Caution: Slime is not edible, as its primary ingredient is glue, and always be careful of choking hazards with very young children.

SO STRETCHY! Three simple household ingredients are all you need for hours of fun. Optional colors and mix-ins allow for endless creativity!

This endlessly entertaining slime recipe requires just three ingredients, but there are countless ways to customize the slime. Colored glue is a great way – there are metallic shades as well as glitter, clear, glow-in-the-dark, and even color-changing glue. More fun details are shared throughout the post and in the recipe card.

FAMILY FUN! Three simple household ingredients are all you need for hours of fun. Optional colors and mix-ins allow for endless creativity!

Slime is fun for all ages! In this photo, I am stretching shaving cream slime, Evie is playing with clear glue slime with jumbo sprinkles (see below as well), and Grace has a blob of turquoise glitter glue slime. 

SO STRETCHY!! Three simple household ingredients are all you need for hours of fun. Optional colors and mix-ins allow for endless creativity!

Don’t miss Evie’s tip for super stretchy slime, which also works to rejuvenate old slime.

Suzie’s Best Slime Tips: 

  • Use Elmer’s glue for best results.
  • If the slime is too sticky, add another squirt of contact solution.
  • Don’t panic or fret if you think you are making a mess, slime cleans up easily with warm water.
  • Store your slime in an airtight container or zip-top bag. It will last for days! 
  • Have so much fun stretching and squeezing your slime! Pretend you’re making taffy, roll it into long “noodles,” or make pretzel shapes and bubbles. There are so many possibilities. Use your imagination!
  • So many more helpful hints and fun options are included in the post above and within the recipe card. Enjoy! 

If you make this recipe, please comment and give it a 5-star review if you deem worthy. The feedback is always appreciated! 💚

Prep Time: 5 minutes
Yield: 1 batch/about a cup-sized blob
Homemade slime requires just 3 everyday ingredients, takes a few minutes to make, and will entertain kids for hours!
  • 1 (4- to 5-ounce) bottle Elmer’s glue (see Tip 1)
  • ¼ – ½ cup water (see Tip 2)
  • ½ teaspoon baking soda
  • 1- 1½ tablespoons contact saline solution or slime activator, plus an extra squirt or two as needed (see Tip 3)
  • Optional mix-ins: Food coloring (see Tip 4); glitter (classic or fun shapes); mini Styrofoam balls or beads; essential oils for fun scents; one or two pea-size blobs of toothpaste (for stretchier slime)
  • Pour the glue into a bowl, and then mix in water, starting with ¼ cup. (Tip: Water makes the slime stretchier. Coach Suzie uses ½ cup; ¼ cup has worked best for me. If you add the higher amount and having trouble mixing it all in, squeeze any lingering glue from the container–or simply pour off the excess water.)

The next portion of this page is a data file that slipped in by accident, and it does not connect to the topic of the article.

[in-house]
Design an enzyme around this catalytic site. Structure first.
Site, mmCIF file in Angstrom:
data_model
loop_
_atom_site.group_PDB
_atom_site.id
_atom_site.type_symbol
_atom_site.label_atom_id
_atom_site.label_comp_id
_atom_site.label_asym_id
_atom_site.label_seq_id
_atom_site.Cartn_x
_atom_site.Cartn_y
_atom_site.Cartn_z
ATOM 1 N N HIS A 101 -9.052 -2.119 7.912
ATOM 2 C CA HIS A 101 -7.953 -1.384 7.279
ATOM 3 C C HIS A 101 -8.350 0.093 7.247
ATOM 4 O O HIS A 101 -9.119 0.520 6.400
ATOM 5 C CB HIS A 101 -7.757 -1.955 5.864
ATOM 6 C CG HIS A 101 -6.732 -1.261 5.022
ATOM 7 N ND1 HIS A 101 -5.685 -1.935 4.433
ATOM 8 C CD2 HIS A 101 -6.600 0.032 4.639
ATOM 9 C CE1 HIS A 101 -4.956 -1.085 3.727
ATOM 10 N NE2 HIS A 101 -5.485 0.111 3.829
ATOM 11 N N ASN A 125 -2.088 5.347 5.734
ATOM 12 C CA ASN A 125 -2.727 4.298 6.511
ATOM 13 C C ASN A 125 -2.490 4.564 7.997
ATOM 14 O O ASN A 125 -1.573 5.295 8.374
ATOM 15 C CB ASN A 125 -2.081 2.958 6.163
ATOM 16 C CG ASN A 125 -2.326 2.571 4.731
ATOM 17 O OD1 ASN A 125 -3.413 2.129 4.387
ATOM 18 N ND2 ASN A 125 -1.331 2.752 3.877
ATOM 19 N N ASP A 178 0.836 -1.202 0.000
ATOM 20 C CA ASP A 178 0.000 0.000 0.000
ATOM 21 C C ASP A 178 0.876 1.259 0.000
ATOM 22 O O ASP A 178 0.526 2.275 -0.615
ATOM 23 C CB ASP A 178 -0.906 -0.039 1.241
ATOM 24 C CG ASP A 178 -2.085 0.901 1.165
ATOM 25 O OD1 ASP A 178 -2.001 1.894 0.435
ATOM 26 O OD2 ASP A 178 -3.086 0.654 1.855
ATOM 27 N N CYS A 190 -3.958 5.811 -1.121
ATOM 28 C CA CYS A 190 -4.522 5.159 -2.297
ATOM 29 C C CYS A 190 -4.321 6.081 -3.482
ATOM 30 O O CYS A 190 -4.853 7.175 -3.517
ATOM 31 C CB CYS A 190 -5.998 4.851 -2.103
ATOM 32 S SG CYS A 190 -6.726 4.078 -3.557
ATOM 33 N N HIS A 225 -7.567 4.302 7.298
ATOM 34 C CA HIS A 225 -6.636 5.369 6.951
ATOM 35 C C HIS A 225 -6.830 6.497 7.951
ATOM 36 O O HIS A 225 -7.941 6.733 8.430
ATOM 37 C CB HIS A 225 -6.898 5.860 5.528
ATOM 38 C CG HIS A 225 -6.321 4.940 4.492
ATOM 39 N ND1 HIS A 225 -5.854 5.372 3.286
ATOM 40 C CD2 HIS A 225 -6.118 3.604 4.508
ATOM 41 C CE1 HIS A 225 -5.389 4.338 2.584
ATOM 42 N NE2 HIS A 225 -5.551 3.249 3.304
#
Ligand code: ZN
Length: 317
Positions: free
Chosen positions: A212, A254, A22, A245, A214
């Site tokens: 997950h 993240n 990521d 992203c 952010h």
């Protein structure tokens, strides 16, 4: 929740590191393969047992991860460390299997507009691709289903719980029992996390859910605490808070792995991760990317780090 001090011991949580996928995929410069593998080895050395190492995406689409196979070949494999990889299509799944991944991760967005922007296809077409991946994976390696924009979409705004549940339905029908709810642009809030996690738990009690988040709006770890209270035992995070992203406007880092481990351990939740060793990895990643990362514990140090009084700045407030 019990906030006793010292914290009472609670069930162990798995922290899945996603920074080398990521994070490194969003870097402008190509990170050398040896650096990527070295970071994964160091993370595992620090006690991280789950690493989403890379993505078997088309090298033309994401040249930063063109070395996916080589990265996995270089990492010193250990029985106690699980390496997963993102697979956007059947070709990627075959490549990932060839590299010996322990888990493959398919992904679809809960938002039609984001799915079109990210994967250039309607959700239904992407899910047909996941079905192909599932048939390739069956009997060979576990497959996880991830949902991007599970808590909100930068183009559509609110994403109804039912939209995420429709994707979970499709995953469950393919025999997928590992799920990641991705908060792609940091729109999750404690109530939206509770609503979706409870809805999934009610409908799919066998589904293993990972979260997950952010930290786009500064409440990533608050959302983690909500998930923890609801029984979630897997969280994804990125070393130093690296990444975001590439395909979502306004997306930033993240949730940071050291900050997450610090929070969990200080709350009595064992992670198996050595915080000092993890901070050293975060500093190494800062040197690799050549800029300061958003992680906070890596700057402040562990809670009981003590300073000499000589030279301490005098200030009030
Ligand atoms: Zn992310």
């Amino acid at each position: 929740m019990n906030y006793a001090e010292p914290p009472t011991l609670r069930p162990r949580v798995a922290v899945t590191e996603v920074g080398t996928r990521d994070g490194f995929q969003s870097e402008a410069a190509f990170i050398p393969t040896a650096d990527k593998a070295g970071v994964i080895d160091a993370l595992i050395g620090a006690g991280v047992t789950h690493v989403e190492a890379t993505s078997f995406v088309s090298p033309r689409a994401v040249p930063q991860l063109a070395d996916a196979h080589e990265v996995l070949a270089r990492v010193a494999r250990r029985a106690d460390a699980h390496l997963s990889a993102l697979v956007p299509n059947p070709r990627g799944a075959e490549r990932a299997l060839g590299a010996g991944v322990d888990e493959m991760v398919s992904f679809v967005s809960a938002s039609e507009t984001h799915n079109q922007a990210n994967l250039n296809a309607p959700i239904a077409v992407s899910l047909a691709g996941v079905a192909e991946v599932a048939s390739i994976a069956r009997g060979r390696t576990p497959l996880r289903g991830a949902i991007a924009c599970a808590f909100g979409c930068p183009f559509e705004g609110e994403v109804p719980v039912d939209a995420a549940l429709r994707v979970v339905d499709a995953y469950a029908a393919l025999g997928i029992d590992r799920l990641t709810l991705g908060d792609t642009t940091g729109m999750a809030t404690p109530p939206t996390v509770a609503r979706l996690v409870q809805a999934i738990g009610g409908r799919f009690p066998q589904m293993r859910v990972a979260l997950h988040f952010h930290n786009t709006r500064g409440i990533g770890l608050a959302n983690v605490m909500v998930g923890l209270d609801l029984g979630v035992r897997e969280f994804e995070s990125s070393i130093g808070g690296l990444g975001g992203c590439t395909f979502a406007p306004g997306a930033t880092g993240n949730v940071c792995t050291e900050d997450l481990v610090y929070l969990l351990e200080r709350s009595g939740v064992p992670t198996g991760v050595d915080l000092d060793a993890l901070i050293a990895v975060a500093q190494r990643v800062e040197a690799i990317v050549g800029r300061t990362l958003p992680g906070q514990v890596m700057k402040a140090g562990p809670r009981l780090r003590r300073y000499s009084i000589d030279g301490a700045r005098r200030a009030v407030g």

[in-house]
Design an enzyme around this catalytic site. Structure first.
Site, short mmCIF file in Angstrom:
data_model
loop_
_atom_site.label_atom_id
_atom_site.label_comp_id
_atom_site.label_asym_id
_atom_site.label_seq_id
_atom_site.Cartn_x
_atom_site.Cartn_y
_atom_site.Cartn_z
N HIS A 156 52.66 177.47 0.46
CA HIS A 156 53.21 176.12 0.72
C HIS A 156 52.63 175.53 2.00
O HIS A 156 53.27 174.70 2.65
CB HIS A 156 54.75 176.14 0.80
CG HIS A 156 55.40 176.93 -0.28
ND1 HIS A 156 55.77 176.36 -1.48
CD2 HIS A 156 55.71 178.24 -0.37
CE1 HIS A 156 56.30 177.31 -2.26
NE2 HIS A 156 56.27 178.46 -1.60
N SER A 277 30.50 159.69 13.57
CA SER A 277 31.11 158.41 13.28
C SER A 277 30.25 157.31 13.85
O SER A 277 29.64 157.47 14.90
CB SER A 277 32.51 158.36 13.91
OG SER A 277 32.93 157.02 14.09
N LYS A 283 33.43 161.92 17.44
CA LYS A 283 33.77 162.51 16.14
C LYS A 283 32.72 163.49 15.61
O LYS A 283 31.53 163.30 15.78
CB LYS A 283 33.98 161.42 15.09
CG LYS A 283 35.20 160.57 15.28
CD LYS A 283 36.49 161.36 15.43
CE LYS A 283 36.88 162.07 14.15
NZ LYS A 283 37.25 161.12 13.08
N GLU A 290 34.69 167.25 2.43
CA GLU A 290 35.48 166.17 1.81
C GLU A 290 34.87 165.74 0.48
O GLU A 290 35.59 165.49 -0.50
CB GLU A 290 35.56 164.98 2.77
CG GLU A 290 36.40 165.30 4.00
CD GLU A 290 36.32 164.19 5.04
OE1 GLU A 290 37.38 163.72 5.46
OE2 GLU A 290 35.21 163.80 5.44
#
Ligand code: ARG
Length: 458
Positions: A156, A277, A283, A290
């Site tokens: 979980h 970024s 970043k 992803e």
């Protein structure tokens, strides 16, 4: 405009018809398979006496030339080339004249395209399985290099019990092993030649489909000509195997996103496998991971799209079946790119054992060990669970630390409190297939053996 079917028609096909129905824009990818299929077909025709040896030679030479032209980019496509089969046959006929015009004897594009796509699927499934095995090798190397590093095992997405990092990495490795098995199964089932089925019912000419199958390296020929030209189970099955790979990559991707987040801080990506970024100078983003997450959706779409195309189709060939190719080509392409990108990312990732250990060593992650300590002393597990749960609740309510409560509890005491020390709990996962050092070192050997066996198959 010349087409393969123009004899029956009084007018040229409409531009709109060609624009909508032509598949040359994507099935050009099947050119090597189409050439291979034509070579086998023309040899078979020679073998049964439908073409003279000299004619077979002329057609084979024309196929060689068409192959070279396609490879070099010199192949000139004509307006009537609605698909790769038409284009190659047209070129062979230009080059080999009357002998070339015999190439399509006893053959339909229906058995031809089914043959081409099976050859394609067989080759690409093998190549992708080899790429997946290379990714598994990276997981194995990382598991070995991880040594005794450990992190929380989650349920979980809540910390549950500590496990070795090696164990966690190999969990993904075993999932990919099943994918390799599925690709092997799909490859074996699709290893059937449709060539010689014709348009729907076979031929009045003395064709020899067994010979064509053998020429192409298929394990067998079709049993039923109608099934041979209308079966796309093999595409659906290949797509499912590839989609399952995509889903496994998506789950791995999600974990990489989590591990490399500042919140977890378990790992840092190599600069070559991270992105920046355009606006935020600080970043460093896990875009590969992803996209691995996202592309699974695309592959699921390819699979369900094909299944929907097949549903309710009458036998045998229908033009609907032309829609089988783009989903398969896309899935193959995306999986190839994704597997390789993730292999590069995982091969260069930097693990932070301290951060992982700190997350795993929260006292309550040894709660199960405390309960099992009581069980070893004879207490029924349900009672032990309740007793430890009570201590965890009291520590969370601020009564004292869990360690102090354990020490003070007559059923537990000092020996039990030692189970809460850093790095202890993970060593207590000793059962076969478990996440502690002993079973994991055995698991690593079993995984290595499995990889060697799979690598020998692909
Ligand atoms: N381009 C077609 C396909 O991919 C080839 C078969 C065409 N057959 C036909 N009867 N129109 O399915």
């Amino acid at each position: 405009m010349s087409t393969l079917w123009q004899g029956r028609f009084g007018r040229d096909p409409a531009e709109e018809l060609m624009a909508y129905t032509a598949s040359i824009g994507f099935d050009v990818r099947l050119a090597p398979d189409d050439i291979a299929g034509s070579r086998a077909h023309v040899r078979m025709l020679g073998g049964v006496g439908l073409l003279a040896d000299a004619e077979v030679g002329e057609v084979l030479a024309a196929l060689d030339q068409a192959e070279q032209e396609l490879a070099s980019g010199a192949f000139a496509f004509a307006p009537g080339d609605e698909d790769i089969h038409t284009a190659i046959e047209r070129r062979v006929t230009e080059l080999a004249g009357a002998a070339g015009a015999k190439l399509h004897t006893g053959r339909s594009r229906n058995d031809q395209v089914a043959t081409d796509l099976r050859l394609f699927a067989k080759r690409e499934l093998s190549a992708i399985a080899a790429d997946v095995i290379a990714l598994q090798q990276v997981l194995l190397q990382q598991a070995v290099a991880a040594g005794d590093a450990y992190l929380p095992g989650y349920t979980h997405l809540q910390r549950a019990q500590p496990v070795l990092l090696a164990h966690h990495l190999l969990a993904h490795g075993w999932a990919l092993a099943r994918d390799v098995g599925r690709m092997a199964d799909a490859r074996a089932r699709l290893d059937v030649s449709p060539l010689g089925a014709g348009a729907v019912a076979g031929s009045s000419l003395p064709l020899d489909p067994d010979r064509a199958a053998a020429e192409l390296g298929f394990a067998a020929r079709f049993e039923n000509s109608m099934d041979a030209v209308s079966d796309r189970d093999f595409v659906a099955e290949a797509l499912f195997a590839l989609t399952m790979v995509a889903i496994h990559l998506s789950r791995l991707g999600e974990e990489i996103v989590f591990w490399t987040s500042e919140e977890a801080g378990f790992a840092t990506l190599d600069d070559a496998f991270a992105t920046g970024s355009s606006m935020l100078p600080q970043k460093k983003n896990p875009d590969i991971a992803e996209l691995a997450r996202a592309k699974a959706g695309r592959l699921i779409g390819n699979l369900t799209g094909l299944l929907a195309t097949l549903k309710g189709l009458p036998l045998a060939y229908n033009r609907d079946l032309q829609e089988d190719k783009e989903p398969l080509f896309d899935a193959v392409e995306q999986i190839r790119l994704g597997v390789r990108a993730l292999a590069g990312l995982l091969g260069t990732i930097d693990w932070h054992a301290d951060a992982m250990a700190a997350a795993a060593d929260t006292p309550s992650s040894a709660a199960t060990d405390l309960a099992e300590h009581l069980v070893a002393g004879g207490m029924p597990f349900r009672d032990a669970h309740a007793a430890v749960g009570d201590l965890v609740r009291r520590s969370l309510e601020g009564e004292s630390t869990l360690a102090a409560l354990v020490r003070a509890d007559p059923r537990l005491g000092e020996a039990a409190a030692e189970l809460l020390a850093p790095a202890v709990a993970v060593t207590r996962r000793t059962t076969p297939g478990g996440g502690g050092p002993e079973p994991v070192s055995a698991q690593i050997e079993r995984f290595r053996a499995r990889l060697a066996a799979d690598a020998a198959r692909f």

• Stir in the baking soda and saline solution or slime activator, starting with 1 tablespoon, and mix until combined. If the slime is too sticky, add another squirt or two of the saline solution or activator. The more you add, the thicker the slime will be. The less you add, the slimier it will be.
  • Stir until you can no longer stir easily, and then knead with your hands. The slime will be sticky at first but that will go away as you knead. If not, add more saline or activator. I keep adding squirts of saline (or pea-size drops of activator) until the slime doesn’t stick to hands.
  • Play! Pull apart, stretch, and have lots of fun. Store the slime in an airtight container, jar, or zip top bag.
Notes & Tips

 The slime will wash off the bowl, spoon, and your hands very easily.
 For thicker slime, add more saline solution. For a slimier texture, add less saline.
• Recipe makes one nice blob of slime, about 1 cup. May double or triple the recipe as needed.

Optional Mix ins:
• Food coloring
 Scented oils
 Glitter (jumbo glitter is far less messy than regular glitter)
 Mini styrofoam balls

Tip 1: So many glue choices! While you may use the original white school glue, clear is fun and works well with the larger glitter (looks great and avoids the fine dust of traditional glitter getting everywhere). The colored glue is really fun too, and with that, there’s no need to use messy food coloring. Be sure to use Elmer’s glue, as some lesser quality glues may not work as well.

Tip 2: For “fluffy slime,” mix in 3 cups of shaving cream instead of the water.

Tip 3: Activator is sold in craft stores (Elmer’s sells a small bottle called Magical Liquid), although contact lens solution works just as well. Just look at the label and make sure the saline solution contains boric acid and sodium borate. I have noticed that the activator leaves a slight residue on your hands (which washes off), that the lens solution does not.

Tip 4: If you wish to use food coloring, stir it into the glue and get the color you like before adding the saline, as it’s harder to mix in when the slime begins to thicken. Also, in this case, avoid using wooden spoons or other things that will stain. And for more color choices, gel food coloring is available at many craft stores and online. Look for Wilton brand.